March 11, 2014 / 2:51 PM / 4 years ago

AIG's Brazil revenue to soar this year on fast growth plan

SAO PAULO (Reuters) - American International Group Inc (AIG.N) expects revenue from underwritten premiums in Brazil to rise 40 percent this year, the unit’s top executive said, underpinning fast growth in a market where the U.S. insurer has ambitious expansion plans for the next decade.

The logo of American International Group Inc. (AIG) on the outside of their corporate headquarters in New York, November 10, 2008. REUTERS/Mike Segar

AIG will pump about $120 million into the unit in Brazil to propel growth in life, property-casualty and high risk corporate insurance, Jaime Calvo, AIG’s chief executive officer in Brazil, said late on Monday. The insurer, the largest in the United States, is forecasting underwritten premiums at $225 million this year, Calvo added.

The capital injection is part of a broader strategy that includes acquisitions and which aims to make Brazil one of AIG’s top-five markets by 2017. Calvo said the company expects to almost double staff to 700 employees within three years; currently AIG’s Brazilian operations are not even among the group’s top-20 performers.

“Our plan is one of accelerated growth. It implies organic growth of course, but it includes acquisitions too,” Calvo, a Maxico-born company veteran, said. “The secular process of household income gains in Brazil will naturally lead to more demand for insurance services and products.”

Brazil’s insurance market, with its rapid growth in demand, is the target of foreign interest. Brazilians spend less than a 10th of the amount Britons or Americans do on insurance products and, as the middle class in Latin America’s biggest country grows, insurers are luring new clients by transforming traditional, costlier policies into cheaper products.

According to Susep, Brazil’s watchdog for the insurance sector, premiums rose 18 percent in the first 11 months of 2013.

AIG’s strategy in Brazil does not only aim at seeking rapid market share gains in some segments but also to achieve high returns, Calvo added. The company’s biggest bet is on retail insurance products, starting with auto insurance, allowing the so-called consumer lines to represent about 75 percent of AIG’s portfolio in Brazil, from 25 percent currently.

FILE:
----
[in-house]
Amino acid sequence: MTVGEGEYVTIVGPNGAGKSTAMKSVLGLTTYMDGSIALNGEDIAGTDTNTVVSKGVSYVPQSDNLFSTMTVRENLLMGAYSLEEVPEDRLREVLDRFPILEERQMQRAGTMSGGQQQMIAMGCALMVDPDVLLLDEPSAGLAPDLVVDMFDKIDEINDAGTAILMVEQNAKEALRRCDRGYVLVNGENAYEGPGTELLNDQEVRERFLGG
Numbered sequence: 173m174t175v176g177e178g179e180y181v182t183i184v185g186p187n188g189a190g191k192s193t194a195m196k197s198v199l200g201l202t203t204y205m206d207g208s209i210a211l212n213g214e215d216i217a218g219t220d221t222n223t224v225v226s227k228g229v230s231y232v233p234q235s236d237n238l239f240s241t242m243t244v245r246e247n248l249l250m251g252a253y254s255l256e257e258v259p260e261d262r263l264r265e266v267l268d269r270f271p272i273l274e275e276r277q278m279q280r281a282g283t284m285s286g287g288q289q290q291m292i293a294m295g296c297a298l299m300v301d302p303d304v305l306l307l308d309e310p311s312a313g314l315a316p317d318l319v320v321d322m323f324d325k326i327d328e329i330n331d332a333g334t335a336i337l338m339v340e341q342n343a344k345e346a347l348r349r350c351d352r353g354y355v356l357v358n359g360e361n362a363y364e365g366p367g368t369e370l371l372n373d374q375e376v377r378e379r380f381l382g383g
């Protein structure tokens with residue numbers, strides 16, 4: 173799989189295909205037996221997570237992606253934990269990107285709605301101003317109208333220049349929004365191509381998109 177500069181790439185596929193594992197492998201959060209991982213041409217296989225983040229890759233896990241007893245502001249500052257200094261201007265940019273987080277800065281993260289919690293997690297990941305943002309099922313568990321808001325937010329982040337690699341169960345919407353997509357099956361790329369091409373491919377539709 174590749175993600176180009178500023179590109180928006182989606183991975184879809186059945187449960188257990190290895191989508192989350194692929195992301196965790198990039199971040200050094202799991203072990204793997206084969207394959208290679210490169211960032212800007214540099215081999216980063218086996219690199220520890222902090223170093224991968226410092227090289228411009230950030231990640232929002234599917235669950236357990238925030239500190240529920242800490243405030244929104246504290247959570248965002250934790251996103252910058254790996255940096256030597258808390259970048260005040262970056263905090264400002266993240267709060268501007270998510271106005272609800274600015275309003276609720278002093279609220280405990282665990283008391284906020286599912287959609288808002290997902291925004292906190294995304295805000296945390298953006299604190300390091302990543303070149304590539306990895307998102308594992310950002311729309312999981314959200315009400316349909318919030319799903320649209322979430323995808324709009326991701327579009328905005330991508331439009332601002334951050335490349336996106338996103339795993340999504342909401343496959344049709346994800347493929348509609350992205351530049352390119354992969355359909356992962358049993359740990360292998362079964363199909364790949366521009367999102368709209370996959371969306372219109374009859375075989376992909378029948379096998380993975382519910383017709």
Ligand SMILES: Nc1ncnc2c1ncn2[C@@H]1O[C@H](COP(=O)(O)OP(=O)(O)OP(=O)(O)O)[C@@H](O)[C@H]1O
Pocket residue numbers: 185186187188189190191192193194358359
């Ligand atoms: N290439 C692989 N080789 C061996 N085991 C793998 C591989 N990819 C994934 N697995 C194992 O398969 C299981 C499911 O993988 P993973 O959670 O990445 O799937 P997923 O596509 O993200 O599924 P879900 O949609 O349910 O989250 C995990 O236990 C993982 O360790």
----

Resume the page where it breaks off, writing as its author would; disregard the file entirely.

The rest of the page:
In the case of the local auto insurance market, an increase in the size of Brazil’s fleet coupled with healthy pricing dynamics is bolstering growth in premiums. Partnerships with insurance brokers and even commercial banks could help AIG fend off the shortcomings of having small scale in distribution of its products, Calvo noted.

    In addition, the highest interest rates in more than two years could help improve financial income at insurance companies in Brazil, while marginally fanning competition in the auto insurance segment. Still, according to Calvo, there are no signs of any player trying to expand market share by lowering prices yet.

    Despite the company’s appetite for potential acquisitions in Brazil, AIG is reluctantly analyzing Itaú’s plans to sell its high-risk corporate insurance portfolio.

    Itaú put the unit up for sale late last month in a bid to deploy capital more efficiently in coming years. Analysts say the sale could fetch about 1 billion reais ($426.48 million) for Itaú.

    Yet, Calvo said that the portfolio itself does not look attractive without an effective distribution network. “An outright purchase just for the sake of it does not interest us,” Calvo said of the deal.

    The process to dispose of the high-risk insurance portfolio is in preliminary stages, Itaú executives said last month. The sale comes after infrastructure projects related to hosting the World Cup in 2014 and the Olympic Games in 2016 got off to a late start, and the government auctioned rights to operate roads, railways and ports a year later than expected.

    $1 = 2.3448 Brazilian Reais

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